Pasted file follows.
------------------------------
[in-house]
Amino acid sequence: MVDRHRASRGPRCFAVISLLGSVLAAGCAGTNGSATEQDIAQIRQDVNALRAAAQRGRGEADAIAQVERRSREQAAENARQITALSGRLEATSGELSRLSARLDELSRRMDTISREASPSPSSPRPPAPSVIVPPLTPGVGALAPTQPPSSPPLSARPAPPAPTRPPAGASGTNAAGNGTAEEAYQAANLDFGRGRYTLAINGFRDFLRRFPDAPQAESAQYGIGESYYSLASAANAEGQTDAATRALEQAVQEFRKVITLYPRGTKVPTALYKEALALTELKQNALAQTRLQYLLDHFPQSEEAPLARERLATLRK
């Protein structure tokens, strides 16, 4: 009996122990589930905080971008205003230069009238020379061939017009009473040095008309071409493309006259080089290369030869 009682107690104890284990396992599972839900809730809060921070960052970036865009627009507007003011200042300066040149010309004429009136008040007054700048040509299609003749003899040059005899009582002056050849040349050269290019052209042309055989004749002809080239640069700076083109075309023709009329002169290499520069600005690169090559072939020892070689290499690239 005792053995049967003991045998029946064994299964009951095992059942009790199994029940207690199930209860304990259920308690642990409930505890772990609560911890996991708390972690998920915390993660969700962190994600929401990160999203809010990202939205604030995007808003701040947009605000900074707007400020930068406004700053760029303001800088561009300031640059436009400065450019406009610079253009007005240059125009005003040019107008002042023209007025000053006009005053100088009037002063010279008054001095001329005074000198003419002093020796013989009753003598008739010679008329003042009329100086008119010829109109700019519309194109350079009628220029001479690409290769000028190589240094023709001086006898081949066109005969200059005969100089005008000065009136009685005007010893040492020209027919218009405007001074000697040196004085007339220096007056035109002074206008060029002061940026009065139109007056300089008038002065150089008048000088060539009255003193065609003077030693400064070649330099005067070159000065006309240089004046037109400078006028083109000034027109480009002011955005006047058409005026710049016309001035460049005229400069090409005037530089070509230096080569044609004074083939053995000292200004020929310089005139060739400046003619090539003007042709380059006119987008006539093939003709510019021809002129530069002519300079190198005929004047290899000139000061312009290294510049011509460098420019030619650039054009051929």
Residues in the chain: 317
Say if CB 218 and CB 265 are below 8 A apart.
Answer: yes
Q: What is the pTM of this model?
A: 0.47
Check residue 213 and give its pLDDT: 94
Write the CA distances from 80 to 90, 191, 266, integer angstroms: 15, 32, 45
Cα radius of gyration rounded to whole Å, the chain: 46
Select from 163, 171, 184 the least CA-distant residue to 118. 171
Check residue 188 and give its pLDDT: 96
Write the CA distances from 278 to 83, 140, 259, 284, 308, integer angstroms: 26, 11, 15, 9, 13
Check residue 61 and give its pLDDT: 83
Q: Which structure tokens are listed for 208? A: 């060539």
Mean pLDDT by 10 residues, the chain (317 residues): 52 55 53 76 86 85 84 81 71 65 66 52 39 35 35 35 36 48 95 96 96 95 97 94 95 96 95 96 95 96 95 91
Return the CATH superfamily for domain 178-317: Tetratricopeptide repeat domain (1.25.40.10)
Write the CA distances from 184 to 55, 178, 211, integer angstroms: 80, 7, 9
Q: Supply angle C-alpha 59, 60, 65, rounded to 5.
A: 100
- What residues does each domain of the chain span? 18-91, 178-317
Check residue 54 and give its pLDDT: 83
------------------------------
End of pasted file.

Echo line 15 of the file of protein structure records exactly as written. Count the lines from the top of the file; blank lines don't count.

Check residue 61 and give its pLDDT: 83